With warm regards,
Barry, Steve and the Team.

Thursday, January 10, 2008

It Ain't Easy, But It's Necessary

It is the new year, and at the trading post we have been diligently working on our New Year’s resolutions, and wagering on how long they will last. Realizing that people have been making and breaking resolutions since the Babylonians began the tradition, we have allowed ourselves to become somewhat sanguine about our New Year’s commitments. This year, however, will be different.

Bessie & Ruby Coggeshell
Navajo Weavers Bessie & Ruby Coggeshell

Barry, Jana, Priscilla, Tina, Tarrel and Rose have not fully disclosed their resolutions as of this writing. Mine on the other hand is relatively simple in concept, but may prove difficult in practice; I have resolved to improve the organization at the store, find new and innovative ways to capture and preserve the rapidly changing Navajo culture and better support the artists who are working hard to maintain those swiftly mutating traditions.

This resolution is the result of a conversation I had with a friend just prior to the end of the year. As we slouched over the counter, cussing and discussing 2007 and the experiences we had during the year, he said, “You know Steve, it ain’t easy, but it is necessary.” It struck me that his philosophy pretty well summed up my life to this point.

In truth, 2007 was a genuine challenge, both personally and at the trading post. Not that it was bad, it was simply extremely demanding. Things are rapidly changing in the trading post industry and in this part of the country. For example, the internet has hugely altered the way we do business, and Barry and I are struggling to understand its complexities and requirements.

Although Barry and I are of the generation that came of age during the computer revolution, I have always felt half in and half out when it comes to understanding computers, or as the Navajo people refer to them, “the talking metal.”

I remember the first time Damian Jim asked if we wanted to put up a web site. “A web what?, Barry and I asked, looking dazed and confused. “A web site, you know, on the world wide web,” Damian had impatiently explained. “The world wide what?, we responded, even more confounded. After several days of Damian’s often exasperated explanations, Barry and I looked at each other, crinkled our foreheads and said, “Why not? How much will it cost?” Damian should have replied, “It won’t be easy, but it is necessary.”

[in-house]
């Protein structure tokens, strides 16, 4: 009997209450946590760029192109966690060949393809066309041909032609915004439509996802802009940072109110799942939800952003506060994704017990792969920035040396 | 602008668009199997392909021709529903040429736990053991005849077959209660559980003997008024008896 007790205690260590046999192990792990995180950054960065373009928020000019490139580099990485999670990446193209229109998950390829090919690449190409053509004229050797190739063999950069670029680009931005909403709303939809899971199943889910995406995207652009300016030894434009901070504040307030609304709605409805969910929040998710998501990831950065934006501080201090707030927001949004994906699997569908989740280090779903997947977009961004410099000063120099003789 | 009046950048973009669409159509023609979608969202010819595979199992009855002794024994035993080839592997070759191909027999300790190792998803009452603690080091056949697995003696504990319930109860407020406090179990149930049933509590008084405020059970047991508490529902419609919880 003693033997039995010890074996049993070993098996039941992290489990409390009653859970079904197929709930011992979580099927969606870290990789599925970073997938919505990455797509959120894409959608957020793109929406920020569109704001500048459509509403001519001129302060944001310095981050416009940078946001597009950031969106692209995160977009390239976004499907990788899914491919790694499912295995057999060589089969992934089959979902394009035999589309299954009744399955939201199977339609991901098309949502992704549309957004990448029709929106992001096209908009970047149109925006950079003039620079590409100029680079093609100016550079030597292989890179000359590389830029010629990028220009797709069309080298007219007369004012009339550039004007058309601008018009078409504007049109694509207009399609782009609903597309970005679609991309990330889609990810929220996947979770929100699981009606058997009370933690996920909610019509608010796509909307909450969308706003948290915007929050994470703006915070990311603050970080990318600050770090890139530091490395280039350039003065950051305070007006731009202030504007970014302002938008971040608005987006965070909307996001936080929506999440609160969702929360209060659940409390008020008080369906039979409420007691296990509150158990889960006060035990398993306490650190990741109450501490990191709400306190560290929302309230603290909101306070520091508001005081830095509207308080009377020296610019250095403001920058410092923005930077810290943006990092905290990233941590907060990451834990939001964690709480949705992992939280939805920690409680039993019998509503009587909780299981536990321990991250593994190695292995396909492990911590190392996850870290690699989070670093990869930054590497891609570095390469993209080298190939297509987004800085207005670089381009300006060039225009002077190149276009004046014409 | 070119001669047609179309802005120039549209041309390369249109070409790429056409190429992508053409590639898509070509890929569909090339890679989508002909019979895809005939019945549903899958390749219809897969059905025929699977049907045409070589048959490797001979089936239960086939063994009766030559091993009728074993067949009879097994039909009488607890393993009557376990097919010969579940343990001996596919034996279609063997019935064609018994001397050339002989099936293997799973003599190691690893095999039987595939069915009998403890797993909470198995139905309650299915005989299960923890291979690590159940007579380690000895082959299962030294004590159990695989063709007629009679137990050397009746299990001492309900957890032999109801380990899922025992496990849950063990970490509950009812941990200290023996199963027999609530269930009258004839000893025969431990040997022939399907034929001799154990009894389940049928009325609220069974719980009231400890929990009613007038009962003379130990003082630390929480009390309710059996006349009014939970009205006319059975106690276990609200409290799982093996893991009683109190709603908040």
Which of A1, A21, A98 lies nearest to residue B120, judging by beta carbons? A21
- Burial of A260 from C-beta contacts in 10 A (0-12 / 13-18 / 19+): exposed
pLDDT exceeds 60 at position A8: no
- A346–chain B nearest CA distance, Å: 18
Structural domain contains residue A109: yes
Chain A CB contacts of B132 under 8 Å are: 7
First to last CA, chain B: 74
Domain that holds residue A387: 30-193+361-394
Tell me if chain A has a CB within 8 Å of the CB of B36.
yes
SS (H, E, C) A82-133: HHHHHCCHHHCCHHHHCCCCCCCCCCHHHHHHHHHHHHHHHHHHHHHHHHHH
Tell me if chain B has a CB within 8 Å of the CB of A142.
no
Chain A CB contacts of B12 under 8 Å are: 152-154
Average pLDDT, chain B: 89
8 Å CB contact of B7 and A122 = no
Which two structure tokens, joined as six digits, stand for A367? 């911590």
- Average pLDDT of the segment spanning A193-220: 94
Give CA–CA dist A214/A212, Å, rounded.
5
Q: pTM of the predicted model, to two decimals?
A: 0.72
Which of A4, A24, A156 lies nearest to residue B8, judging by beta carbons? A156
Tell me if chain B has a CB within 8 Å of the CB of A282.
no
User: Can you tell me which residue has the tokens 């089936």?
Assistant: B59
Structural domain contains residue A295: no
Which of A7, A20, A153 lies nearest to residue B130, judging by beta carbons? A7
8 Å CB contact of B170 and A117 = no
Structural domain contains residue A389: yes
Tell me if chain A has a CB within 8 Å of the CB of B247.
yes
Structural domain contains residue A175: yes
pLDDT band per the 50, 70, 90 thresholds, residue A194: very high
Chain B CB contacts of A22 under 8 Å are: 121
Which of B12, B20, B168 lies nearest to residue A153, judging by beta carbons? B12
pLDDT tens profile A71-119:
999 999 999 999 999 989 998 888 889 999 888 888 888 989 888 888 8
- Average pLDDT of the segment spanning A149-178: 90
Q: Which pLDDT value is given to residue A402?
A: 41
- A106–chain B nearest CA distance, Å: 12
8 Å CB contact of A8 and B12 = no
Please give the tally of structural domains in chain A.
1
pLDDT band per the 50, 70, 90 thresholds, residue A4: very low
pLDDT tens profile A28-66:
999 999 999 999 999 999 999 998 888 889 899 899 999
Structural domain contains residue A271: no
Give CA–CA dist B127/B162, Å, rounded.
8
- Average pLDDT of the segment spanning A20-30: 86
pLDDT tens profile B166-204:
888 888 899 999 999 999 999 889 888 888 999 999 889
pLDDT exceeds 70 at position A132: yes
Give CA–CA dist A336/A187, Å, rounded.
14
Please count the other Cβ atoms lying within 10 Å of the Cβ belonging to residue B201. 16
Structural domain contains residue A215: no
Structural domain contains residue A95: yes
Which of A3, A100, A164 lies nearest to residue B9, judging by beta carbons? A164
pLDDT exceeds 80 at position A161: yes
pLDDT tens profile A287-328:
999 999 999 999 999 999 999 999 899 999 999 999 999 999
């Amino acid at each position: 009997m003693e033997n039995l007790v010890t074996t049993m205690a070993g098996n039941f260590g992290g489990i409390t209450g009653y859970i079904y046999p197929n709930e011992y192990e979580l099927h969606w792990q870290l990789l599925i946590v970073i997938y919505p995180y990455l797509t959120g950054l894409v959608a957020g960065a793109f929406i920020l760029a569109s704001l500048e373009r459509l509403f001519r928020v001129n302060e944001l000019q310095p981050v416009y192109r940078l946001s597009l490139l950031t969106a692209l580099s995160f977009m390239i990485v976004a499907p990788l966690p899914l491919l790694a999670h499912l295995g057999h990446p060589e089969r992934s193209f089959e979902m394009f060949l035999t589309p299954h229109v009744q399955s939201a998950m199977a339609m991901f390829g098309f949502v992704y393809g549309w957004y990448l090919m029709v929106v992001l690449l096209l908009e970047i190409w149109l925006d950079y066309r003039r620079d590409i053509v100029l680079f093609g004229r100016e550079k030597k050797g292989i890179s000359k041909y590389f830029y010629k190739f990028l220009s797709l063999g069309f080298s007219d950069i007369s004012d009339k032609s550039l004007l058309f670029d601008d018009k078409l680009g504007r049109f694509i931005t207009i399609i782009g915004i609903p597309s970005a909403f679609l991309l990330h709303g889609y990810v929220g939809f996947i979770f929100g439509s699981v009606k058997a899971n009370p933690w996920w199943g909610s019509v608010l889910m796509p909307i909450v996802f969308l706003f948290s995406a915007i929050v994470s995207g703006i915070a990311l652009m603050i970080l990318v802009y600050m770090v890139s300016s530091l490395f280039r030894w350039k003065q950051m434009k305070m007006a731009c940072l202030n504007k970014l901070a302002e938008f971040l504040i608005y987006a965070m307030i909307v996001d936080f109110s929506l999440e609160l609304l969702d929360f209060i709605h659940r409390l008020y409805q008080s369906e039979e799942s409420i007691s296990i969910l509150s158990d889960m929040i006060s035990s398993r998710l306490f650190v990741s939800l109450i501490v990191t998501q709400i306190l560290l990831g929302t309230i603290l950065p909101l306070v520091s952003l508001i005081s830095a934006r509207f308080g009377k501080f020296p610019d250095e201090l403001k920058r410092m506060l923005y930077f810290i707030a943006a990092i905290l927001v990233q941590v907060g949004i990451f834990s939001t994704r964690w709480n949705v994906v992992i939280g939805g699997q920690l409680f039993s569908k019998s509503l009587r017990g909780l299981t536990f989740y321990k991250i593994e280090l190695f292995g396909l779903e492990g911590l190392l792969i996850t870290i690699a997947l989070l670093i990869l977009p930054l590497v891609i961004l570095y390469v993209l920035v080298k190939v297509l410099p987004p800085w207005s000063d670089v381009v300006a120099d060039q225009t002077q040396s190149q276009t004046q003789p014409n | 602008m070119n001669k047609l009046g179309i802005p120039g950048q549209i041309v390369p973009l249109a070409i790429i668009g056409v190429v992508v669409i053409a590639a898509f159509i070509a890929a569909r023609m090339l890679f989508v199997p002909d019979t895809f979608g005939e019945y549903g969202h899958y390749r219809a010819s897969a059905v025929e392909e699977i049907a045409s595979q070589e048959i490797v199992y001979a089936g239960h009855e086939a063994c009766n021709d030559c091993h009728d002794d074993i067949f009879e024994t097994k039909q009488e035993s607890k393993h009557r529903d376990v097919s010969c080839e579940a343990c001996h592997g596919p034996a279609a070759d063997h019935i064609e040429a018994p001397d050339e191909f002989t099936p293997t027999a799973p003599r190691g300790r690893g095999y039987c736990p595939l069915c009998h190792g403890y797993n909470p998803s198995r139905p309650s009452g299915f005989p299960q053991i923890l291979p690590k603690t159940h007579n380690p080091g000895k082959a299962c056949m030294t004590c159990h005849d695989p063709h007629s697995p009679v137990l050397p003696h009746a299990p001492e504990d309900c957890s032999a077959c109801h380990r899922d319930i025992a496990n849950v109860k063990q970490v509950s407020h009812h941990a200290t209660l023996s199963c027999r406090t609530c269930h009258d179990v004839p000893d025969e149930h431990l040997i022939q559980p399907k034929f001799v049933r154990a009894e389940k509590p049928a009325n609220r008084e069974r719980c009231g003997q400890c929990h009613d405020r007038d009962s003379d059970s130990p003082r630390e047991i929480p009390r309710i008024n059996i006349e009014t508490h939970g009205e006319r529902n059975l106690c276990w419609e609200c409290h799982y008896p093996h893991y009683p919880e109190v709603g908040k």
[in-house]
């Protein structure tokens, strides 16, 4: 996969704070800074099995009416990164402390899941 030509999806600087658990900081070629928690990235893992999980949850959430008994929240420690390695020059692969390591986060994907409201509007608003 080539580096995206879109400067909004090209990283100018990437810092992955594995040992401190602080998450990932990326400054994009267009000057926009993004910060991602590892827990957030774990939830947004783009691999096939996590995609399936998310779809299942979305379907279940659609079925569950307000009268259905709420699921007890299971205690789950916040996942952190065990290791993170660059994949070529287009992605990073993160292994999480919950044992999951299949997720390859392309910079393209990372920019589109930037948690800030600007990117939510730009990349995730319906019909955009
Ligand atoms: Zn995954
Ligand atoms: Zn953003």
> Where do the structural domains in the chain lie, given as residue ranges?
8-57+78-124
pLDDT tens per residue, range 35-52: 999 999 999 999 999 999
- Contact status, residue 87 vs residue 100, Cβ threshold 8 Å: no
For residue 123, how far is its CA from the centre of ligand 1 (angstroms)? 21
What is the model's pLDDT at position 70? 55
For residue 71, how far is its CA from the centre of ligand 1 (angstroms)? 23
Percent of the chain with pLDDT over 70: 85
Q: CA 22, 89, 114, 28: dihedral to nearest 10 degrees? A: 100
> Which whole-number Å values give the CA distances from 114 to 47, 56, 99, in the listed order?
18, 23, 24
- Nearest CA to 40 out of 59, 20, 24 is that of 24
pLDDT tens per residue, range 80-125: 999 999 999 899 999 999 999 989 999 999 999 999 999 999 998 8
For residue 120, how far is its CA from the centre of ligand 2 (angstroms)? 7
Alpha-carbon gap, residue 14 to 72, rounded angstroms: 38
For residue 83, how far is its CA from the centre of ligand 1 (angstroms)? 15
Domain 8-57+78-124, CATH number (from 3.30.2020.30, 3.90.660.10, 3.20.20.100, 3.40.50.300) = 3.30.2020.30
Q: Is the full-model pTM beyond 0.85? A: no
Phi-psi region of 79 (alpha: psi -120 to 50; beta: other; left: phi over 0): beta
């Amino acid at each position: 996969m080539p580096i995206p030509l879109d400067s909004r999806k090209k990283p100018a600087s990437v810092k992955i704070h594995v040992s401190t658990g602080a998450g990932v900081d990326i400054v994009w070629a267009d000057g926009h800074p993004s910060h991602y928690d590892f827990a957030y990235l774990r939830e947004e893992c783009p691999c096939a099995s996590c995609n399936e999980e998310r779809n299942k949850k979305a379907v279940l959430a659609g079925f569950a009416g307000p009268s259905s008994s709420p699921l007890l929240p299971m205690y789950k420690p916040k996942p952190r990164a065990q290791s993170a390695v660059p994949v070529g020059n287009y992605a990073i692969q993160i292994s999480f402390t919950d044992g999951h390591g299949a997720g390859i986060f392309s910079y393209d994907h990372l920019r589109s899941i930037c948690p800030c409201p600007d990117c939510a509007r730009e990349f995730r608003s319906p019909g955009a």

There are times when being ignorant is a blessing, and this was one of them. Had we known what we were getting into, we likely would not have had the courage to undertake the project.

For a few years, the site was mostly static and did not require a lot of time or financial commitment. Damian was learning, the web was developing and Barry and I were trying to understand why Damian was doing all these incomprehensible things on the computer we had purchased for the project. It was not until about ten years ago that we began to realize the power of the web. Still, even after reading The Internet for BIG Dummies, we did not understand how to make it all come together.

In early 2007, I called John, a friend who is living in Vermont. We had been trying to decipher search engine optimization and had gone through a number of people who said they understood it, but really didn’t. “Oh, I have been doing a lot of work on my site and have learned a bunch. Want me to give your site a go?”, John asked. “Why not,” Barry and I said once again. Some people never learn.

After months of keyword coding, duplicate content changing and web site redesign, we noticed the traffic to our web site had increase exponentially. We had bought new equipment, started recording the artists on video to capture their unique personalities and worked Tina, Tarrel , Rose and Jana to death, but the freeway had been built. But where were the sales?

“The site is too cumbersome, you must strip it down and make it easier to shop. All those people are coming to your site, but they don’t stay, because you confuse them with too much extraneous content.” Extraneous content? I have decided he must mean bull you know what, and we surely generate volumes of that around the post.

So here we are in the new year, trying to better organize ourselves, trying to understand a waning culture and trying to keep that culture and ourselves alive long enough to make a significance difference.

Happy New Year, and long live the resolution.

With warm regards,
Steve, Barry and the Team.